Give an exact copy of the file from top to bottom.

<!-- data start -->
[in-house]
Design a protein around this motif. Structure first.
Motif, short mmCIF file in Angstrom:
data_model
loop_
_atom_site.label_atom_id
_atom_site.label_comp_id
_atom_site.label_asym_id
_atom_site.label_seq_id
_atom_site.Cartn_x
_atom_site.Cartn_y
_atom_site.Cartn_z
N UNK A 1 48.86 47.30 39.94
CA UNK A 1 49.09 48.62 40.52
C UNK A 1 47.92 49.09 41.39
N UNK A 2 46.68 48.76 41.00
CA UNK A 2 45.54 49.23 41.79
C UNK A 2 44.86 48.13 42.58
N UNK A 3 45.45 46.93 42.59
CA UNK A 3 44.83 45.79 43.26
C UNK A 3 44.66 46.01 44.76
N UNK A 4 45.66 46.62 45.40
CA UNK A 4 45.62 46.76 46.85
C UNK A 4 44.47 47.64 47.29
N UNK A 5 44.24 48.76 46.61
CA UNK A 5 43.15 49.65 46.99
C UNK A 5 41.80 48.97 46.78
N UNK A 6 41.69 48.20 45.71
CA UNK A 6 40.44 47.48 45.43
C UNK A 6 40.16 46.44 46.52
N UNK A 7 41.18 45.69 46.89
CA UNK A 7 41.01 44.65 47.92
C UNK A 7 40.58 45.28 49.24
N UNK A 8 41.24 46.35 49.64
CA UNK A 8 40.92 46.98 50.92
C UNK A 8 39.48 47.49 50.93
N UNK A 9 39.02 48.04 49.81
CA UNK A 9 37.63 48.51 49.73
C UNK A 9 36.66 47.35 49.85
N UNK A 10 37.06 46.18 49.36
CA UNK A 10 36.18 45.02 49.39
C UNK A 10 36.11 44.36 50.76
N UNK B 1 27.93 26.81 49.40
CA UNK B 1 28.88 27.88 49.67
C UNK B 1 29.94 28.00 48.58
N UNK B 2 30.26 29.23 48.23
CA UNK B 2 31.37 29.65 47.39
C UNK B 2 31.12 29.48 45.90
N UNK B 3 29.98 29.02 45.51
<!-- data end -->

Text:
[in-house]
Design a protein around this motif. Structure first.
Motif, short mmCIF file in Angstrom:
data_model
loop_
_atom_site.label_atom_id
_atom_site.label_comp_id
_atom_site.label_asym_id
_atom_site.label_seq_id
_atom_site.Cartn_x
_atom_site.Cartn_y
_atom_site.Cartn_z
N UNK A 1 48.86 47.30 39.94
CA UNK A 1 49.09 48.62 40.52
C UNK A 1 47.92 49.09 41.39
N UNK A 2 46.68 48.76 41.00
CA UNK A 2 45.54 49.23 41.79
C UNK A 2 44.86 48.13 42.58
N UNK A 3 45.45 46.93 42.59
CA UNK A 3 44.83 45.79 43.26
C UNK A 3 44.66 46.01 44.76
N UNK A 4 45.66 46.62 45.40
CA UNK A 4 45.62 46.76 46.85
C UNK A 4 44.47 47.64 47.29
N UNK A 5 44.24 48.76 46.61
CA UNK A 5 43.15 49.65 46.99
C UNK A 5 41.80 48.97 46.78
N UNK A 6 41.69 48.20 45.71
CA UNK A 6 40.44 47.48 45.43
C UNK A 6 40.16 46.44 46.52
N UNK A 7 41.18 45.69 46.89
CA UNK A 7 41.01 44.65 47.92
C UNK A 7 40.58 45.28 49.24
N UNK A 8 41.24 46.35 49.64
CA UNK A 8 40.92 46.98 50.92
C UNK A 8 39.48 47.49 50.93
N UNK A 9 39.02 48.04 49.81
CA UNK A 9 37.63 48.51 49.73
C UNK A 9 36.66 47.35 49.85
N UNK A 10 37.06 46.18 49.36
CA UNK A 10 36.18 45.02 49.39
C UNK A 10 36.11 44.36 50.76
N UNK B 1 27.93 26.81 49.40
CA UNK B 1 28.88 27.88 49.67
C UNK B 1 29.94 28.00 48.58
N UNK B 2 30.26 29.23 48.23
CA UNK B 2 31.37 29.65 47.39
C UNK B 2 31.12 29.48 45.90
N UNK B 3 29.98 29.02 45.51